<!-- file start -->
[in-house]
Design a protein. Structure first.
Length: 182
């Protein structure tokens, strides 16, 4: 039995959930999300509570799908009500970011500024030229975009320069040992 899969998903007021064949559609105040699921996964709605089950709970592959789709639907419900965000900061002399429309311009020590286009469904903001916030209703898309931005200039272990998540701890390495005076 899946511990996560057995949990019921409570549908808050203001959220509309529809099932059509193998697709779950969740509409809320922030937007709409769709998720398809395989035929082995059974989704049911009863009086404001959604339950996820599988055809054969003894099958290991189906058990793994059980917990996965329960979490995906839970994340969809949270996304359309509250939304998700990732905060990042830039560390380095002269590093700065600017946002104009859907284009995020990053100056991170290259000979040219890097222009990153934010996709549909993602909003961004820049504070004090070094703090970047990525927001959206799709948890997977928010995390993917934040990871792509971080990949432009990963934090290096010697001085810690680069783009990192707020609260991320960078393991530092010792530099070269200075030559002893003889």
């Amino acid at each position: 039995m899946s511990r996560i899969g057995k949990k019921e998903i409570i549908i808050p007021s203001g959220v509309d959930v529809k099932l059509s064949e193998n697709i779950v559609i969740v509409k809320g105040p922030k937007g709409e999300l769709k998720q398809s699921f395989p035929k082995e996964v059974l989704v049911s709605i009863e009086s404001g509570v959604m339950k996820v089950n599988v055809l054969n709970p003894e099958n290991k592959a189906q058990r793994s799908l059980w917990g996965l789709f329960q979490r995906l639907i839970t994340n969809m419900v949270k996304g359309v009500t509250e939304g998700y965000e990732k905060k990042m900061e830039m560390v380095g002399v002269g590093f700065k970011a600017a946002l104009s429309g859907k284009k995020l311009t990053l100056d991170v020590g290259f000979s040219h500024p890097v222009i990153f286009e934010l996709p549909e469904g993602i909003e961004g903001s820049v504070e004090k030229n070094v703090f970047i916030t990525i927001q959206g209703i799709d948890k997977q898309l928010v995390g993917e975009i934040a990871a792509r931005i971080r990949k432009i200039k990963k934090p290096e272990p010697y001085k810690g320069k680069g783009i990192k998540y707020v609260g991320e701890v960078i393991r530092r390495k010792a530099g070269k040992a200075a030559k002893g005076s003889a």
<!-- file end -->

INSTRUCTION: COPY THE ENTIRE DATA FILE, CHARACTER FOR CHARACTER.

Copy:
[in-house]
Design a protein. Structure first.
Length: 182
């Protein structure tokens, strides 16, 4: 039995959930999300509570799908009500970011500024030229975009320069040992 899969998903007021064949559609105040699921996964709605089950709970592959789709639907419900965000900061002399429309311009020590286009469904903001916030209703898309931005200039272990998540701890390495005076 899946511990996560057995949990019921409570549908808050203001959220509309529809099932059509193998697709779950969740509409809320922030937007709409769709998720398809395989035929082995059974989704049911009863009086404001959604339950996820599988055809054969003894099958290991189906058990793994059980917990996965329960979490995906839970994340969809949270996304359309509250939304998700990732905060990042830039560390380095002269590093700065600017946002104009859907284009995020990053100056991170290259000979040219890097222009990153934010996709549909993602909003961004820049504070004090070094703090970047990525927001959206799709948890997977928010995390993917934040990871792509971080990949432009990963934090290096010697001085810690680069783009990192707020609260991320960078393991530092010792530099070269200075030559002893003889």
């Amino acid at each position: 039995m899946s511990r996560i899969g057995k949990k019921e998903i409570i549908i808050p007021s203001g959220v509309d959930v529809k099932l059509s064949e193998n697709i779950v559609i969740v509409k809320g105040p922030k937007g709409e999300l769709k998720q398809s699921f395989p035929k082995e996964v059974l989704v049911s709605i009863e009086s404001g509570v959604m339950k996820v089950n599988v055809l054969n709970p003894e099958n290991k592959a189906q058990r793994s799908l059980w917990g996965l789709f329960q979490r995906l639907i839970t994340n969809m419900v949270k996304g359309v009500t509250e939304g998700y965000e990732k905060k990042m900061e830039m560390v380095g002399v002269g590093f700065k970011a600017a946002l104009s429309g859907k284009k995020l311009t990053l100056d991170v020590g290259f000979s040219h500024p890097v222009i990153f286009e934010l996709p549909e469904g993602i909003e961004g903001s820049v504070e004090k030229n070094v703090f970047i916030t990525i927001q959206g209703i799709d948890k997977q898309l928010v995390g993917e975009i934040a990871a792509r931005i971080r990949k432009i200039k990963k934090p290096e272990p010697y001085k810690g320069k680069g783009i990192k998540y707020v609260g991320e701890v960078i393991r530092r390495k010792a530099g070269k040992a200075a030559k002893g005076s003889a």